Oct 312014

The once famous Hungarian language broadcasts of Radio Free Europe ceased more than two decades ago, shortly after the end of communism in my country of birth.

Now, however, Radio Free Europe joined the growing choir of voices concerned about the policies of Hungary’s current government, and the country’s slide away from the values of Western-style liberal democracy.

This article, which will no doubt be dismissed by supporters of the ruling FIDESZ party as misguided and uninformed, misled by “liberal propaganda”, provides a nice summary of the events that unfolded in the country in recent years. It is also accompanied by a video report, which details the rising popularity of the ultra-right in Hungary and the dangers that it represents.

I just feel compelled to repeat the famous quotation by the Spanish-American poet, writer and philosopher George Santayana: “Those who do not remember the past are condemned to repeat it.”

 Posted by at 11:53 pm
Oct 302014

Spacecraft sometimes catch a glimpse of the Sun as it reflects off a sea or an ocean. Here is an example:

Except that this example was not captured by Earth-orbiting spacecraft. The sea here is not a terrestrial ocean. It is a hydrocarbon sea of Saturn’s largest moon, Titan.

Just to clarify, the reflection of the Sun is in the upper left of the image, where the outline of the sea is also clearly visible. The redder, arrow-shaped object closer to the center is a cloud formation.

 Posted by at 10:37 pm
Oct 302014

The parkways of the Gatineau Park are now closed and the autumn colors are nearly gone. Still, my wife and I enjoyed a pleasant walk today in the outskirts of the park, after a fine lunch at Le Buffet des Continents.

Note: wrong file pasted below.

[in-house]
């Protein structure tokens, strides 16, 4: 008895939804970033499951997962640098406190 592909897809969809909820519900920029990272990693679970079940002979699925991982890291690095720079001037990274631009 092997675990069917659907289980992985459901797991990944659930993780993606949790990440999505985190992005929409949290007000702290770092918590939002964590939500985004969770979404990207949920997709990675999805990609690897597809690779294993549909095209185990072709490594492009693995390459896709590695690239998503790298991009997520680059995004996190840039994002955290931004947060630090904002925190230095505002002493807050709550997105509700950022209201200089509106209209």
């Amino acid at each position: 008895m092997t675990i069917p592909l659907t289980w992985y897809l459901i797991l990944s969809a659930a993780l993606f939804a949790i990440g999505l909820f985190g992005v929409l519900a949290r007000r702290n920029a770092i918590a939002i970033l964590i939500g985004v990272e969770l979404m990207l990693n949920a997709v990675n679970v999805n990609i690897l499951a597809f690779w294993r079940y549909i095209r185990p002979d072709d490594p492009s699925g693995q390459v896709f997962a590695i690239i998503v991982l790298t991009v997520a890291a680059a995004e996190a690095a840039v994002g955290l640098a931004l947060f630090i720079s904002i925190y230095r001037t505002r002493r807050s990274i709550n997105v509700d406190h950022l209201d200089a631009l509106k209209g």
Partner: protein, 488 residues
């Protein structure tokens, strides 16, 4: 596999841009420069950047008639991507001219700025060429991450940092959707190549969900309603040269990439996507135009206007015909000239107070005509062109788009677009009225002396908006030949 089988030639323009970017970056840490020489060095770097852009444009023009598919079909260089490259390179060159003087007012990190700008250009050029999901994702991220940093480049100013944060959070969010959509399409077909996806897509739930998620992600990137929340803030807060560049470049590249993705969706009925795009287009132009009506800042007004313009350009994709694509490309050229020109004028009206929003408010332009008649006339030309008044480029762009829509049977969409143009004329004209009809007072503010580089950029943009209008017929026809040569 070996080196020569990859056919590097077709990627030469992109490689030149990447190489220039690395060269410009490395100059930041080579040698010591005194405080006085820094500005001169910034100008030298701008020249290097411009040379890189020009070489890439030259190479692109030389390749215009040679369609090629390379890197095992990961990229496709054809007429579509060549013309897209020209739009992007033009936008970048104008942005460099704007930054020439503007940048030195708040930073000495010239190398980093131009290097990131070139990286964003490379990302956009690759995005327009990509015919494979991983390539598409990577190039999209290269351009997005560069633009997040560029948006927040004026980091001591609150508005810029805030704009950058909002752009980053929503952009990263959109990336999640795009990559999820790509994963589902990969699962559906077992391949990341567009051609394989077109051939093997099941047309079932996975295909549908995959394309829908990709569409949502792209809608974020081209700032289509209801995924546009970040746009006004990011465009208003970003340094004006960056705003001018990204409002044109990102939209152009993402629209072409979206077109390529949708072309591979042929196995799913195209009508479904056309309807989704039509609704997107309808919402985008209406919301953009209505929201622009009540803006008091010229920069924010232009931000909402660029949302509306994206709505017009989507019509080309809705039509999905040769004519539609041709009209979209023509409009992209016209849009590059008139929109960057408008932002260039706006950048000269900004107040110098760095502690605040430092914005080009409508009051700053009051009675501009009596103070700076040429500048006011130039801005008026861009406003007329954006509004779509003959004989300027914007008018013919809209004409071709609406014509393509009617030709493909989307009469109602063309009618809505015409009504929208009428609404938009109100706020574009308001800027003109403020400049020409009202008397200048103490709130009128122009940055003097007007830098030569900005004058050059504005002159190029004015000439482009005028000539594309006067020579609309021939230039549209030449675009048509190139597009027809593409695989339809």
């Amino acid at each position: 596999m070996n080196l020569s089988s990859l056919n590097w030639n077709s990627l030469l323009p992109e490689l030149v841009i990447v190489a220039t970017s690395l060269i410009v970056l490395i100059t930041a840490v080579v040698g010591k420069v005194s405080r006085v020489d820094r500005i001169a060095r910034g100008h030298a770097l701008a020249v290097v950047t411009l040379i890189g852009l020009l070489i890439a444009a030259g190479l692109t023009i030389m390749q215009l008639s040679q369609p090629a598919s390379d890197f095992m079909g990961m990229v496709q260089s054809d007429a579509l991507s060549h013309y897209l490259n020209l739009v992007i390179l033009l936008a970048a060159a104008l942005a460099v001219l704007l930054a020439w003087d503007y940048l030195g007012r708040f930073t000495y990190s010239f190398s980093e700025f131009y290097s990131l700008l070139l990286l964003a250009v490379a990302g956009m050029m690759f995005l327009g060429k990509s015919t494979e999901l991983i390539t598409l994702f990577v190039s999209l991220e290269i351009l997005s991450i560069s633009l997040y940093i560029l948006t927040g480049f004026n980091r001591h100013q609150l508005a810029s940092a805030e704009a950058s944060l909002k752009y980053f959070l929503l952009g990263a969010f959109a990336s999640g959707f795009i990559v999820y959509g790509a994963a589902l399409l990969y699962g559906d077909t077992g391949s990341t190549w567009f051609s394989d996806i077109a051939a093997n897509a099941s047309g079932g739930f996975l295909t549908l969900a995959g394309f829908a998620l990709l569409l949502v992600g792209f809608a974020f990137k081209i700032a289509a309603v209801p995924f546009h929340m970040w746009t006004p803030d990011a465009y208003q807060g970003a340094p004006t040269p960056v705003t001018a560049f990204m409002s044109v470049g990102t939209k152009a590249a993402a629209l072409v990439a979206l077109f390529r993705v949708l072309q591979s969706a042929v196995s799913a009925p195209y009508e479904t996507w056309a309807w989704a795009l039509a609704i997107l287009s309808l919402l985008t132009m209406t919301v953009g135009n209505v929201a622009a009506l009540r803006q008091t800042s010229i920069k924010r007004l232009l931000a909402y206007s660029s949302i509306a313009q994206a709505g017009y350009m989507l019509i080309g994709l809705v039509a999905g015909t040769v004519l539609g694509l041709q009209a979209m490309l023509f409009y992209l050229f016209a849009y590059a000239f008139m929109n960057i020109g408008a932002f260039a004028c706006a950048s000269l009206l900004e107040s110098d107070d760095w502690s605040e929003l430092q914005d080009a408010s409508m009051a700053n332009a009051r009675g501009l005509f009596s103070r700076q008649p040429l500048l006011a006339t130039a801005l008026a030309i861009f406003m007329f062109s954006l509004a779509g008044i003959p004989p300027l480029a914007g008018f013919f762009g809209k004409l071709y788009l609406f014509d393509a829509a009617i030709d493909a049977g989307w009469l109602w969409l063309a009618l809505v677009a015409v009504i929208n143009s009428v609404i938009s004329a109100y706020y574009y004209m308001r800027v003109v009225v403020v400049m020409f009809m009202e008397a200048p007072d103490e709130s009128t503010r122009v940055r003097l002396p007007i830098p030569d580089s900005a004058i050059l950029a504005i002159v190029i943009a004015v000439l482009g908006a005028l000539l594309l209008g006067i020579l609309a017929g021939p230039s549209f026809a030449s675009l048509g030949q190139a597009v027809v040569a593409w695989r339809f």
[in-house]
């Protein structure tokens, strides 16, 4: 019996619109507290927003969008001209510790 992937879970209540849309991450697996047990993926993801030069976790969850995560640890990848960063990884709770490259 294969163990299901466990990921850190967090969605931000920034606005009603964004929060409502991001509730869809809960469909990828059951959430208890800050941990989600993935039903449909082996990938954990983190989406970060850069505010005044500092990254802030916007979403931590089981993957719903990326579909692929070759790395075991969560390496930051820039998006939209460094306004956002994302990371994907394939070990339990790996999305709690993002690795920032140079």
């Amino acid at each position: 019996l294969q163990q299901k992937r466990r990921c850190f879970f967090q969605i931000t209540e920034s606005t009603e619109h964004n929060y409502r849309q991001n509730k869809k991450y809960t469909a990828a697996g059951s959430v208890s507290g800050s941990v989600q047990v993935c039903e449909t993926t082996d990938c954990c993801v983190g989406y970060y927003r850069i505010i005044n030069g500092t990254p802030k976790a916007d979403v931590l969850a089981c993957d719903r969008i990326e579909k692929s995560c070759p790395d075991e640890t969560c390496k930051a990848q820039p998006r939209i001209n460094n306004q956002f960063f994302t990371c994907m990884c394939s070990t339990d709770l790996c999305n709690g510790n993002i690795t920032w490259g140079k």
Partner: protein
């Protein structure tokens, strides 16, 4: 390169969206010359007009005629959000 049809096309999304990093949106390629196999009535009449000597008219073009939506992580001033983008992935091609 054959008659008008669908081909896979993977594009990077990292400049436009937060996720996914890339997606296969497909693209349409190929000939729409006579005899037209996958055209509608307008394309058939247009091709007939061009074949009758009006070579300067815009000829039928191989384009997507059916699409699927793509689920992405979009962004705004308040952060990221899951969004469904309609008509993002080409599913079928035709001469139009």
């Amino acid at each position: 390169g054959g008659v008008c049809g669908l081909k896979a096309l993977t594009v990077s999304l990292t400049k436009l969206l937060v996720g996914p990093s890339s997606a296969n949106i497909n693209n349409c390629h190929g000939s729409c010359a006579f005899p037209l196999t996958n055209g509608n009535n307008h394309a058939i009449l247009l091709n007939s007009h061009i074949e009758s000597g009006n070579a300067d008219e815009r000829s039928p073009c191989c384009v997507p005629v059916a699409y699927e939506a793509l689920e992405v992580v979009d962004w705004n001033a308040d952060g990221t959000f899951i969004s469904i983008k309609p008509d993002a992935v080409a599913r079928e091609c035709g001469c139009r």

Autumn remains my favorite season. My only complaint is that it ends too soon, and it is often followed by a nasty winter.

 Posted by at 3:39 pm
Oct 292014

This afternoon, I felt compelled to take a walk to downtown Ottawa. Our home is within walking distance of Parliament Hill and the National War Memorial, where a deranged shooter killed a ceremonial guard, Corporal Nathan Cirillo.

It was a beautiful autumn day and the walk was very enjoyable. On my way downtown, I dropped by my favorite computer store (Canada Computers, on Rideau Street) to purchase some needed cables. Then I continued.

There was quite a crowd at the War Memorial, and it was full of flowers. Flowers, flowers and more flowers. Also, many Canadian flags.

And it so happened that I was very lucky: I caught the changing of the guard ceremony. I even managed to record it on video.

Near the end of the clip, a police officer (armed with what appeared to be a fully automatic weapon) crosses in front of my phone camera. He apologized for doing so (I can be heard muttering, “no problem,” on the video). After I was done recording, I stepped over to the policeman and had a brief conversation with him. I mentioned to him that it is an unfortunate necessity that he has to be part of the picture. He understood immediately what I meant. I also thanked him for his service.

I then carried on, right up to Parliament Hill. As a free citizen of a free country, I entered the grounds without encountering any guards, obstacles, metal detectors or other obscenities. It occurred to me that this is the first time I walked on Parliament Hill in 41 years.

The flag on top of the Peace Tower is still at half mast.

I also managed to take a panoramic photo of sorts of the view from the Hill:

Ottawa is still a beautiful city. And, having just returned from the Middle East, it was good to reassure myself that it remains a free city of a free people.

 Posted by at 6:54 pm
Oct 282014